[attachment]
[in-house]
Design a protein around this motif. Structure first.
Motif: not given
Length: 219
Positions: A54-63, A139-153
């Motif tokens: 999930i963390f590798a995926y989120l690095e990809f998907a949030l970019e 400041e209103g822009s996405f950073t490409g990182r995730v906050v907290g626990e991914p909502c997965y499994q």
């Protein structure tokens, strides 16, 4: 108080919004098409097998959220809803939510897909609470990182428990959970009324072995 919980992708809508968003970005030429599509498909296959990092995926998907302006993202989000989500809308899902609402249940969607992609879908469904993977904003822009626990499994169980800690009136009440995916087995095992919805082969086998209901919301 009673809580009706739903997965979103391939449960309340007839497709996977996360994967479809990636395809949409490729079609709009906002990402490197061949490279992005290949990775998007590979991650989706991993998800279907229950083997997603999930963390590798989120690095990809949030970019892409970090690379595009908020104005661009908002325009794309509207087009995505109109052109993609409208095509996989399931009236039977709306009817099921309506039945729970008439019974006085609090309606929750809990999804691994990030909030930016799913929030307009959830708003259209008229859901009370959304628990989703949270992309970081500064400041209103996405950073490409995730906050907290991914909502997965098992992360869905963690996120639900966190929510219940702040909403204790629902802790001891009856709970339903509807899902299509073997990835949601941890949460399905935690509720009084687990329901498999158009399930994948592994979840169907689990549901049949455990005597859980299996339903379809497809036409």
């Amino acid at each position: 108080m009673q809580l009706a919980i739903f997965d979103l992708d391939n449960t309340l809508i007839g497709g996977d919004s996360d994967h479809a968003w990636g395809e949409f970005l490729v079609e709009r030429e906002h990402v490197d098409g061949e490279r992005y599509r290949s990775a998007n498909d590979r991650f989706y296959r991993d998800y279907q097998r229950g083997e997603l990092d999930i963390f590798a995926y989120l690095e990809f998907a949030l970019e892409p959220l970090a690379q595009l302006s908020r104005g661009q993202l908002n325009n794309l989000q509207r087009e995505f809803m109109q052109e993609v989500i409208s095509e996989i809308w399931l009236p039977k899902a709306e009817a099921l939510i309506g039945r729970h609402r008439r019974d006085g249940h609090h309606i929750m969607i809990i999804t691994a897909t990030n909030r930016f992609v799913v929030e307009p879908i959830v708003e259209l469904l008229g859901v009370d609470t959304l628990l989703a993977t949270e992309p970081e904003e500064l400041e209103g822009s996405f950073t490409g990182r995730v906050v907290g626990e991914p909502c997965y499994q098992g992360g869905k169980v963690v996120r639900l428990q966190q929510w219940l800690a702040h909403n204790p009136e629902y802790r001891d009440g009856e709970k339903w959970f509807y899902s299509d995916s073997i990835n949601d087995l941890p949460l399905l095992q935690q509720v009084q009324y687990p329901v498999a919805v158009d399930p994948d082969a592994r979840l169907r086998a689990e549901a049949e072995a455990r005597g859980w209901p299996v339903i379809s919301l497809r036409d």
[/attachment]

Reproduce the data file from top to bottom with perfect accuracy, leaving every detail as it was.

[in-house]
Design a protein around this motif. Structure first.
Motif: not given
Length: 219
Positions: A54-63, A139-153
């Motif tokens: 999930i963390f590798a995926y989120l690095e990809f998907a949030l970019e 400041e209103g822009s996405f950073t490409g990182r995730v906050v907290g626990e991914p909502c997965y499994q």
């Protein structure tokens, strides 16, 4: 108080919004098409097998959220809803939510897909609470990182428990959970009324072995 919980992708809508968003970005030429599509498909296959990092995926998907302006993202989000989500809308899902609402249940969607992609879908469904993977904003822009626990499994169980800690009136009440995916087995095992919805082969086998209901919301 009673809580009706739903997965979103391939449960309340007839497709996977996360994967479809990636395809949409490729079609709009906002990402490197061949490279992005290949990775998007590979991650989706991993998800279907229950083997997603999930963390590798989120690095990809949030970019892409970090690379595009908020104005661009908002325009794309509207087009995505109109052109993609409208095509996989399931009236039977709306009817099921309506039945729970008439019974006085609090309606929750809990999804691994990030909030930016799913929030307009959830708003259209008229859901009370959304628990989703949270992309970081500064400041209103996405950073490409995730906050907290991914909502997965098992992360869905963690996120639900966190929510219940702040909403204790629902802790001891009856709970339903509807899902299509073997990835949601941890949460399905935690509720009084687990329901498999158009399930994948592994979840169907689990549901049949455990005597859980299996339903379809497809036409």
């Amino acid at each position: 108080m009673q809580l009706a919980i739903f997965d979103l992708d391939n449960t309340l809508i007839g497709g996977d919004s996360d994967h479809a968003w990636g395809e949409f970005l490729v079609e709009r030429e906002h990402v490197d098409g061949e490279r992005y599509r290949s990775a998007n498909d590979r991650f989706y296959r991993d998800y279907q097998r229950g083997e997603l990092d999930i963390f590798a995926y989120l690095e990809f998907a949030l970019e892409p959220l970090a690379q595009l302006s908020r104005g661009q993202l908002n325009n794309l989000q509207r087009e995505f809803m109109q052109e993609v989500i409208s095509e996989i809308w399931l009236p039977k899902a709306e009817a099921l939510i309506g039945r729970h609402r008439r019974d006085g249940h609090h309606i929750m969607i809990i999804t691994a897909t990030n909030r930016f992609v799913v929030e307009p879908i959830v708003e259209l469904l008229g859901v009370d609470t959304l628990l989703a993977t949270e992309p970081e904003e500064l400041e209103g822009s996405f950073t490409g990182r995730v906050v907290g626990e991914p909502c997965y499994q098992g992360g869905k169980v963690v996120r639900l428990q966190q929510w219940l800690a702040h909403n204790p009136e629902y802790r001891d009440g009856e709970k339903w959970f509807y899902s299509d995916s073997i990835n949601d087995l941890p949460l399905l095992q935690q509720v009084q009324y687990p329901v498999a919805v158009d399930p994948d082969a592994r979840l169907r086998a689990e549901a049949e072995a455990r005597g859980w209901p299996v339903i379809s919301l497809r036409d």